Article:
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Seattle’s Revolt of the Elites

PHOTO: Seattle Times

With residents fed up by the homelessness crisis, city leaders and their allies coordinate a PR campaign to convince them that everything is fine.

By Christopher F. Rufo | 16 April 2019

CITY JOURNAL — In Seattle, people are losing patience with city leadership over the homelessness crisis, but the frustration is running in both directions: the city’s political, cultural, and academic elites are conducting their own revolt — against the people.

Since the release of Eric Johnson’s documentary Seattle Is Dying, which depicts an epidemic of street homelessness, addiction, crime, and disorder, city elites have launched a coordinated information campaign targeted at voters frustrated with the city’s response to homelessness. Earlier this month, leaked documents revealed that a group of prominent nonprofits — the Bill & Melinda Gates Foundation, the Campion Advocacy Fund, the Raikes Foundation, and the Ballmer Group — hired a PR firm, Pyramid Communications, to conduct polling, create messaging, and disseminate the resulting content through a network of silent partners in academia, the press, government, and the nonprofit sector. The campaign, #SeattleForAll, is a case study in what writer James Lindsay calls “idea laundering”—creating misinformation and legitimizing it as objective truth through repetition in sympathetic media.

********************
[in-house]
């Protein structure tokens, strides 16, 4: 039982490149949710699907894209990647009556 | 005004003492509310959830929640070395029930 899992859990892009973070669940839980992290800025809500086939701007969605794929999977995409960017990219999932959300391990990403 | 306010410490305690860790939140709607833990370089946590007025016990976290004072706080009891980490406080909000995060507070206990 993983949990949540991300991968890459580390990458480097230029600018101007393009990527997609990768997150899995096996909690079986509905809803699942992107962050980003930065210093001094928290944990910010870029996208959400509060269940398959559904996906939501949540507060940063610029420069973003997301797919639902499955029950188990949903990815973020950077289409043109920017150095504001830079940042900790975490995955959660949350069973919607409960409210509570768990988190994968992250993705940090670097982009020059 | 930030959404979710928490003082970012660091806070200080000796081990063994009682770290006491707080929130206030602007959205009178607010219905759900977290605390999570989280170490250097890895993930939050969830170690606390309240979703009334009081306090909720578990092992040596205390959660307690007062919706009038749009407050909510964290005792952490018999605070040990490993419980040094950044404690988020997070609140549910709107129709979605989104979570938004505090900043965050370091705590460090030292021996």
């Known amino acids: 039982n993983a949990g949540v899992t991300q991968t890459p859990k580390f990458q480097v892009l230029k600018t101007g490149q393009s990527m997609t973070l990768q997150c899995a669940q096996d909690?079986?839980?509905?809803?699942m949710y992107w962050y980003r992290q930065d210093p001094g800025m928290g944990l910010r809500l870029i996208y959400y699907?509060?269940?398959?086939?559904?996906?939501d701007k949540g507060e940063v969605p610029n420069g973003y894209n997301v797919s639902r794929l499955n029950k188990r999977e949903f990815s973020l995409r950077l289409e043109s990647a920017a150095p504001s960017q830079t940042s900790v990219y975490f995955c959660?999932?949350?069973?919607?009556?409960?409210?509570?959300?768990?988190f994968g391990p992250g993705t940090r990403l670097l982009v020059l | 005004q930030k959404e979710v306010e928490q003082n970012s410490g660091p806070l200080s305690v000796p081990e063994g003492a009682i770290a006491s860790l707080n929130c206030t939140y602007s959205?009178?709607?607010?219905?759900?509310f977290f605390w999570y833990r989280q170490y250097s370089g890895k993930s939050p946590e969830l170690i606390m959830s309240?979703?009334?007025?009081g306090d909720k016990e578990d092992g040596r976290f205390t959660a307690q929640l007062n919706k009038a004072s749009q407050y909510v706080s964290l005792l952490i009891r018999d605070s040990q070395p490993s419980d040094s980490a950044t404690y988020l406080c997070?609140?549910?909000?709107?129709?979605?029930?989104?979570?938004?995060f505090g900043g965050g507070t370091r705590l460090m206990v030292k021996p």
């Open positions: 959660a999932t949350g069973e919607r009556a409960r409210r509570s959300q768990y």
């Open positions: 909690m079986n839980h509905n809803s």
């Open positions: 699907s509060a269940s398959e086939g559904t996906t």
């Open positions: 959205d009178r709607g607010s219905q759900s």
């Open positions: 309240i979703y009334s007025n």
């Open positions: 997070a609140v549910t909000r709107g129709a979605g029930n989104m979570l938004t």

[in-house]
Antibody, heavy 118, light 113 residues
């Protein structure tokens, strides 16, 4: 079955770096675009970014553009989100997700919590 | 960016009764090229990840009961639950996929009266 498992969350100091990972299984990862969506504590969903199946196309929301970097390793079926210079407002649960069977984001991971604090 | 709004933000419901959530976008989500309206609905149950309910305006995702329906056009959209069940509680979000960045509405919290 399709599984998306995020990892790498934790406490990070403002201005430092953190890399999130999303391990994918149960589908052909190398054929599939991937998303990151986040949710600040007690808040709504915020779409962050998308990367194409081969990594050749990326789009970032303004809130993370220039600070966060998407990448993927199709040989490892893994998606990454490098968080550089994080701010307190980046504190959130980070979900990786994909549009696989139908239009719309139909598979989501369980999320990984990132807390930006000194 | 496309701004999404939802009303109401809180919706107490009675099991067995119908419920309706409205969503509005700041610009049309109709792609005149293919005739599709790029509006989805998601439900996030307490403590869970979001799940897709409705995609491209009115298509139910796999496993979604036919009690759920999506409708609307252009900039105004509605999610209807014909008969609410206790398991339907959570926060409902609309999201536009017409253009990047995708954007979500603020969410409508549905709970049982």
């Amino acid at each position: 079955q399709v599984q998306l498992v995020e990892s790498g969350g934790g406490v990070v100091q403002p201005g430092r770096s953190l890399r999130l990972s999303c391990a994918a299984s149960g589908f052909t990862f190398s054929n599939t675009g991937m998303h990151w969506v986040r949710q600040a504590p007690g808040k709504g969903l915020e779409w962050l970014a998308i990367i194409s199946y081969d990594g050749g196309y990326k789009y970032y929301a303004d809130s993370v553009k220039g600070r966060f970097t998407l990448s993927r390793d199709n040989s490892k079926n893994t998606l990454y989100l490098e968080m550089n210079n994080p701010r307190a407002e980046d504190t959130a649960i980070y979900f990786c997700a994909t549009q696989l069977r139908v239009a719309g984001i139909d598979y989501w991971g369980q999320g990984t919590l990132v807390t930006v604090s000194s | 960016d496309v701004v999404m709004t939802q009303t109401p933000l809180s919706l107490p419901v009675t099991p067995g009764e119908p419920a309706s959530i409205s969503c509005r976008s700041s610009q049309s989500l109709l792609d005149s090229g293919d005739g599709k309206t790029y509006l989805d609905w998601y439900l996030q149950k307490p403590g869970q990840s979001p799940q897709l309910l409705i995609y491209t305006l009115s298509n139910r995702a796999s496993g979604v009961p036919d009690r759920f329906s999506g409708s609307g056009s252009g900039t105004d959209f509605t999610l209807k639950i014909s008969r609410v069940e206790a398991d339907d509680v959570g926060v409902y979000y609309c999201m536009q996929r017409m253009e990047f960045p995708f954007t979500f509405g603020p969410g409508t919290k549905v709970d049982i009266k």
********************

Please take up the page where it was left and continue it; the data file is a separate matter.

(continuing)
The key messages of the campaign include a number of misleading claims, including: “Seattle is making progress to end homelessness,” “1 in 4 people experiencing homelessness in our community struggle with drug or alcohol abuse,” and “[62 percent of Seattle voters believe] we are not spending enough to address homelessness.” All three contentions fail to meet basic scrutiny: street homelessness has increased 131 percent over the past five years; King County’s lawsuit against Purdue Pharma admits that “the majority of the homeless population is addicted to or uses opioids” (not one in four); and 62 percent of Seattle voters agree to the statement “we are not spending enough” only when it is directly prefaced in the polling questionnaire by the phrase “other cities of the same size are spending 2 to 3 times the amount that Seattle is and are seeing significant reductions in homelessness” — itself an unsubstantiated claim. (When the same question is presented neutrally, without the framing, support for “we are not spending enough” drops to 7 percent). […]

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